In one embodiment, the inter-working means comprises means for translating user-originating requests for configuration of stored supplementary service data into a format recognizable by a cellular network acting as a primary data store for that subscriber, or by intelligent network equipment.
In another embodiment, the inter-working means comprises means for applying priority to registered devices and for routing services according to preferences and capabilities of those devices and the available networks.
In one embodiment, the server comprises means for receiving VoIP call setup requests in a user device mobility event notify package and for originating a call to a called device.
In one embodiment, the server comprises means for receiving from a user device a notification of requested hand-over, the notification being part of a mobility event package, and means for transmitting to the user device a temporary reference number in response.
In one embodiment, the server comprises means for receiving in a mobility event package from a user device capability data for the device, and the inter-working means comprises means for using said date for delivery of messages to said device.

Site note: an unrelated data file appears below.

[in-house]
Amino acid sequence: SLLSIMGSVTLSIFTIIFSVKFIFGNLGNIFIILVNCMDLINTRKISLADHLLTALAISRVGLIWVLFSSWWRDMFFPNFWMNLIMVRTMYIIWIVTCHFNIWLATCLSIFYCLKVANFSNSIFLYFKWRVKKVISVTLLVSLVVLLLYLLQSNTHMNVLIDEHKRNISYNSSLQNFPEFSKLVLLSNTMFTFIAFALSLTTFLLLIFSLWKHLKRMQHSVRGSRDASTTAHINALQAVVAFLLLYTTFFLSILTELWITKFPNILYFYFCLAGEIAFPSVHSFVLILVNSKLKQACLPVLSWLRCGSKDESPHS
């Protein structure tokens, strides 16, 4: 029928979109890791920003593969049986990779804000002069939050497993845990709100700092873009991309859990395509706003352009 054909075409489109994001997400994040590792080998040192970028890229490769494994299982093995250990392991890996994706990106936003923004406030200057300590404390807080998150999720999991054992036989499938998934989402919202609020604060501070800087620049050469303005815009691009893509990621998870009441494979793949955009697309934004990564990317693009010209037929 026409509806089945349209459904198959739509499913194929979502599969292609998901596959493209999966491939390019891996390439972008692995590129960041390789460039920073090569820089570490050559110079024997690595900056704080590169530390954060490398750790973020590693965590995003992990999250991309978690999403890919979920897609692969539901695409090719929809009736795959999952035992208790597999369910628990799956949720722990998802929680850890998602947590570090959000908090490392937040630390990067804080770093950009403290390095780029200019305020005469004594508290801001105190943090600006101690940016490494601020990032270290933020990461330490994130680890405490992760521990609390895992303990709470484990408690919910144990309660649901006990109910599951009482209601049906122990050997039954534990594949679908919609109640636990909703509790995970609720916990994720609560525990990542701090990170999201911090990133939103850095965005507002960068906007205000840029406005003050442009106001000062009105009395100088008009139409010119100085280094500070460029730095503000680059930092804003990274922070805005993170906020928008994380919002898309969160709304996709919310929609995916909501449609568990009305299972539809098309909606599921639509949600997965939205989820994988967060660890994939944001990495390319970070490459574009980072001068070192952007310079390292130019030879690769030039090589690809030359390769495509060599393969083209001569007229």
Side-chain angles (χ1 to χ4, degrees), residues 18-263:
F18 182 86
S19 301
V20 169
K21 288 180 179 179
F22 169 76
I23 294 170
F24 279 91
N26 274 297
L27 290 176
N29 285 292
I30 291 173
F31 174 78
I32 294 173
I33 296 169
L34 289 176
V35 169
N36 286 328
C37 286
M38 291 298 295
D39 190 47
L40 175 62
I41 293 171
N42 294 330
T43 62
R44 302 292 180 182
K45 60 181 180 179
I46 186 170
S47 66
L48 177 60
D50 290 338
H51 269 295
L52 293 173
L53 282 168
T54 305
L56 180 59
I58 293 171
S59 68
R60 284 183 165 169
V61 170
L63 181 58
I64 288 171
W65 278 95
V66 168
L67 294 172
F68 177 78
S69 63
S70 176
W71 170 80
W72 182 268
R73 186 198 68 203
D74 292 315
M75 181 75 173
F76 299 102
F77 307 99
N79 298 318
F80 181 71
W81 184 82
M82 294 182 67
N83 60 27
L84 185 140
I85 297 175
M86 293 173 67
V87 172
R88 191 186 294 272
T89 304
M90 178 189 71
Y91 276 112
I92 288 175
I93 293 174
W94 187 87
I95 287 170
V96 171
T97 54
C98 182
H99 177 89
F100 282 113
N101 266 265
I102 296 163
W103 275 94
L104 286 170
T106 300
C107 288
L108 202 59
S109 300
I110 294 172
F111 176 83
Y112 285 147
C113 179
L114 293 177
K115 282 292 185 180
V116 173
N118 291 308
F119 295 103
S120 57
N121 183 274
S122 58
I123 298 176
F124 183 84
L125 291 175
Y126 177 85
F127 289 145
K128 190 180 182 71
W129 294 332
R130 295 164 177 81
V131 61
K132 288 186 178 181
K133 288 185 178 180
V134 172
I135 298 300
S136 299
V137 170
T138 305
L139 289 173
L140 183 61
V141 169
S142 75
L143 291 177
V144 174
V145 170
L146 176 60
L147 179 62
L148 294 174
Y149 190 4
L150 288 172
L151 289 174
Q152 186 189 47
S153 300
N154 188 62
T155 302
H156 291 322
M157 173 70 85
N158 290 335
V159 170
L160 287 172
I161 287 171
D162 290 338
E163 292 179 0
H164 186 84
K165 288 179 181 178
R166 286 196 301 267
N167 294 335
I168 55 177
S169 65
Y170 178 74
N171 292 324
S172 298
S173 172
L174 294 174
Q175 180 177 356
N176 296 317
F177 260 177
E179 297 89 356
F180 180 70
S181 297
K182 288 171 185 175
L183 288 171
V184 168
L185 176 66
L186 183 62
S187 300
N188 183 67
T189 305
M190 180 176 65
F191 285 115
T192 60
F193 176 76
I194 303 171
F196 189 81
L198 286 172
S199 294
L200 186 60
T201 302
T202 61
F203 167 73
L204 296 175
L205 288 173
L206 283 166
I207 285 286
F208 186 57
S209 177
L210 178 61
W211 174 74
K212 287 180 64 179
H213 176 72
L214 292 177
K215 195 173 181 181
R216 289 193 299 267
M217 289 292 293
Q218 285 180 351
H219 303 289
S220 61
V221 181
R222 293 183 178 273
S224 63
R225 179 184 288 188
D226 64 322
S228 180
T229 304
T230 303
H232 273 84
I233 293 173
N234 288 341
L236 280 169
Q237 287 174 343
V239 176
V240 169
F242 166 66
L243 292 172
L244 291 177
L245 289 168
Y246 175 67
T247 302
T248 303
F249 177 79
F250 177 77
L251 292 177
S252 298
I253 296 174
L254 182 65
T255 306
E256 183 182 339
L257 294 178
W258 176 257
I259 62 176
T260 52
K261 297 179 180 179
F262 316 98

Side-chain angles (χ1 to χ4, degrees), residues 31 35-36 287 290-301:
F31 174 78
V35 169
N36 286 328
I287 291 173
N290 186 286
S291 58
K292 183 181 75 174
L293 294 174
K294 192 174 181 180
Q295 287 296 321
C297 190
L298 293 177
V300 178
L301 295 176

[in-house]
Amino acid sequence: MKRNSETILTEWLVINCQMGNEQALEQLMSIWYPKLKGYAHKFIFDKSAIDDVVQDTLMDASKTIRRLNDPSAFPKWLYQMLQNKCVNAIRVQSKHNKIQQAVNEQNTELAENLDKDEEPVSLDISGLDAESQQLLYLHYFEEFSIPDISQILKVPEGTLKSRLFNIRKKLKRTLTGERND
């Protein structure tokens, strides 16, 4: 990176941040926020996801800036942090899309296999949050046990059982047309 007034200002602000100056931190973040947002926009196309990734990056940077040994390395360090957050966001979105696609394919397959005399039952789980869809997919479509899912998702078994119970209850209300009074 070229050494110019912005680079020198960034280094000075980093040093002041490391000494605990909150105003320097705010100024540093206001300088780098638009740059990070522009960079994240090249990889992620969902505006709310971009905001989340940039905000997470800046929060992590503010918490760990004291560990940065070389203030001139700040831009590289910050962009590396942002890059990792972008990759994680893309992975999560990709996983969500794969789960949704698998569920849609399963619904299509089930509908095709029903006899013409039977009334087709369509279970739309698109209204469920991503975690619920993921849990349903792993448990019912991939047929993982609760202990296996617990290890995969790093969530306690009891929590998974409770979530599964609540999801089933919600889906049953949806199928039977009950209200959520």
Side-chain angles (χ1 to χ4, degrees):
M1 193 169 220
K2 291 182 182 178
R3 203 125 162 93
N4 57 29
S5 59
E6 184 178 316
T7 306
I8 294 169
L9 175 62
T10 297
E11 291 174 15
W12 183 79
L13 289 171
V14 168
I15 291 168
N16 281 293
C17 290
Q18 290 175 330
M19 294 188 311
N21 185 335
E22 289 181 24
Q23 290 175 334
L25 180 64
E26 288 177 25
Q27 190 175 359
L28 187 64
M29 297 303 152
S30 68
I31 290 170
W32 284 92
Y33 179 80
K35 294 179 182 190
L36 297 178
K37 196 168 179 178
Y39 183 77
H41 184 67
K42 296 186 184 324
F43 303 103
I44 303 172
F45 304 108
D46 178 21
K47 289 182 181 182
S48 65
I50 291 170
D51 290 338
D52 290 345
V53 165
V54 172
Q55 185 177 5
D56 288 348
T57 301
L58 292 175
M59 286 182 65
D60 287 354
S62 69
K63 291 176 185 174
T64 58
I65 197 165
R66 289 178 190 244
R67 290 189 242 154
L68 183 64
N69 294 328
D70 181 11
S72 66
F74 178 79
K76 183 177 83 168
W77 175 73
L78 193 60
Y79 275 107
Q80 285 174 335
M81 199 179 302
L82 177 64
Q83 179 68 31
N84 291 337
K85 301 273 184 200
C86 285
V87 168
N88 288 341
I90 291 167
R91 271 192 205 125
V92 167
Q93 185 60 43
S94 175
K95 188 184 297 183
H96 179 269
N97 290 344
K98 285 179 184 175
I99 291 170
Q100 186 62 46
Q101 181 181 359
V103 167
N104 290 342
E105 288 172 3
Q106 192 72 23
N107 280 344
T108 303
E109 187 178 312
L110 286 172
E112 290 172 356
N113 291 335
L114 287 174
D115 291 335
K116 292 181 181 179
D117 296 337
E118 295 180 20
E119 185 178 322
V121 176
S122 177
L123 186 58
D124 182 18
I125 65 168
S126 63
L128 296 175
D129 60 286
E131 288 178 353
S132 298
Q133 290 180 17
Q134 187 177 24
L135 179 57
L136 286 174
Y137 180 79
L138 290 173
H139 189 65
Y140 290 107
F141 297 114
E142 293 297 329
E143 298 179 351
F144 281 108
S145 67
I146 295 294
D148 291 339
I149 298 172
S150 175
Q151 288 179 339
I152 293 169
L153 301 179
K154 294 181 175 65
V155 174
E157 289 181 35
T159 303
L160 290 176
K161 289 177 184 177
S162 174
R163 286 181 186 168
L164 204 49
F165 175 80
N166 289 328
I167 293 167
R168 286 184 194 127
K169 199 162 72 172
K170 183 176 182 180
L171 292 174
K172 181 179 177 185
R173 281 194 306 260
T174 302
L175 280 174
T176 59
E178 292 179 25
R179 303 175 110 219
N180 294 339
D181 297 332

In one embodiment, the inter-working means comprises means for maintaining user device presence indications upon receipt of device notifications in mobility event packages.
In another aspect, the invention provides a computer readable medium comprising software code for performing operations of any gateway as defined above when executing on a digital processor.
The invention will be more clearly understood from the following description of some embodiments thereof, given by way of example only with reference to the accompanying drawings in which:
A glossary of terms in this specification is provided at the end of the description of the invention.
A convergence or roaming gateway of the invention is shown in
The gateway is a convergence gateway allowing operators who are introducing SIP signalling and Internet telephony network elements into a 2.5/3G network to gracefully migrate the network to a fully SIP-enabled IP Multimedia Subsystem. It provides a high availability cluster environment that supports automatic failover and recovery in the event of a failure at either the UNIX process level or computing element level. It provides an application framework which provides common Operations, Administration, and Maintenance (OAM) functions including provisioning, event logging, measurements collection, and gateway management using MML, GUI, or SNMP remote access interfaces. The application framework creates a highly reliable and scalable solution.